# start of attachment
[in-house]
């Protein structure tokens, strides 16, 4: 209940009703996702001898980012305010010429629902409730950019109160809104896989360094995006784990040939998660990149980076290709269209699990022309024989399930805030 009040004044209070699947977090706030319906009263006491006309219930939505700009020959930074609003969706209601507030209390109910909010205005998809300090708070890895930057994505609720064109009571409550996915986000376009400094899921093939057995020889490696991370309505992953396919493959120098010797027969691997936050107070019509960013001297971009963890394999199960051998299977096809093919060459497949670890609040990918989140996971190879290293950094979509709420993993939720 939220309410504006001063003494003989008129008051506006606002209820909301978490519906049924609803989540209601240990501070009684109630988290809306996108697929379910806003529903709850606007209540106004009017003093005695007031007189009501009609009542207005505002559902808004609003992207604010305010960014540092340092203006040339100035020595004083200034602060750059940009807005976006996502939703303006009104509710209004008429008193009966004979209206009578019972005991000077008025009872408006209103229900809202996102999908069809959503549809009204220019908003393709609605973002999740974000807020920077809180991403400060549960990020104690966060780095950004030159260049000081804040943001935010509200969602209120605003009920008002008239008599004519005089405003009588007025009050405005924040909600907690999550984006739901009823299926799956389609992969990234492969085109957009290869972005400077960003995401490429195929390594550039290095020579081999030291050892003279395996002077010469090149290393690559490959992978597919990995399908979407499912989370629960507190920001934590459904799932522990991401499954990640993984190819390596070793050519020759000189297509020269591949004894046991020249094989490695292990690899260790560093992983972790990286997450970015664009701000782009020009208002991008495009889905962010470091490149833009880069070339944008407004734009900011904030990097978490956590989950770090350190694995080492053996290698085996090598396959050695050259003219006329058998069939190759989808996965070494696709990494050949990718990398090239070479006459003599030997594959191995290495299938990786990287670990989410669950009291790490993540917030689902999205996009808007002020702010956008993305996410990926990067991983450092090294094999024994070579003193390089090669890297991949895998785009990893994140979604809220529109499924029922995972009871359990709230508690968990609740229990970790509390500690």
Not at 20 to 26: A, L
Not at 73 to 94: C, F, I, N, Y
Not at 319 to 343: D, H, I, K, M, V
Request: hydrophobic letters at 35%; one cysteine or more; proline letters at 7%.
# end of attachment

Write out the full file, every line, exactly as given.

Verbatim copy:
[in-house]
């Protein structure tokens, strides 16, 4: 209940009703996702001898980012305010010429629902409730950019109160809104896989360094995006784990040939998660990149980076290709269209699990022309024989399930805030 009040004044209070699947977090706030319906009263006491006309219930939505700009020959930074609003969706209601507030209390109910909010205005998809300090708070890895930057994505609720064109009571409550996915986000376009400094899921093939057995020889490696991370309505992953396919493959120098010797027969691997936050107070019509960013001297971009963890394999199960051998299977096809093919060459497949670890609040990918989140996971190879290293950094979509709420993993939720 939220309410504006001063003494003989008129008051506006606002209820909301978490519906049924609803989540209601240990501070009684109630988290809306996108697929379910806003529903709850606007209540106004009017003093005695007031007189009501009609009542207005505002559902808004609003992207604010305010960014540092340092203006040339100035020595004083200034602060750059940009807005976006996502939703303006009104509710209004008429008193009966004979209206009578019972005991000077008025009872408006209103229900809202996102999908069809959503549809009204220019908003393709609605973002999740974000807020920077809180991403400060549960990020104690966060780095950004030159260049000081804040943001935010509200969602209120605003009920008002008239008599004519005089405003009588007025009050405005924040909600907690999550984006739901009823299926799956389609992969990234492969085109957009290869972005400077960003995401490429195929390594550039290095020579081999030291050892003279395996002077010469090149290393690559490959992978597919990995399908979407499912989370629960507190920001934590459904799932522990991401499954990640993984190819390596070793050519020759000189297509020269591949004894046991020249094989490695292990690899260790560093992983972790990286997450970015664009701000782009020009208002991008495009889905962010470091490149833009880069070339944008407004734009900011904030990097978490956590989950770090350190694995080492053996290698085996090598396959050695050259003219006329058998069939190759989808996965070494696709990494050949990718990398090239070479006459003599030997594959191995290495299938990786990287670990989410669950009291790490993540917030689902999205996009808007002020702010956008993305996410990926990067991983450092090294094999024994070579003193390089090669890297991949895998785009990893994140979604809220529109499924029922995972009871359990709230508690968990609740229990970790509390500690």
Not at 20 to 26: A, L
Not at 73 to 94: C, F, I, N, Y
Not at 319 to 343: D, H, I, K, M, V
Request: hydrophobic letters at 35%; one cysteine or more; proline letters at 7%.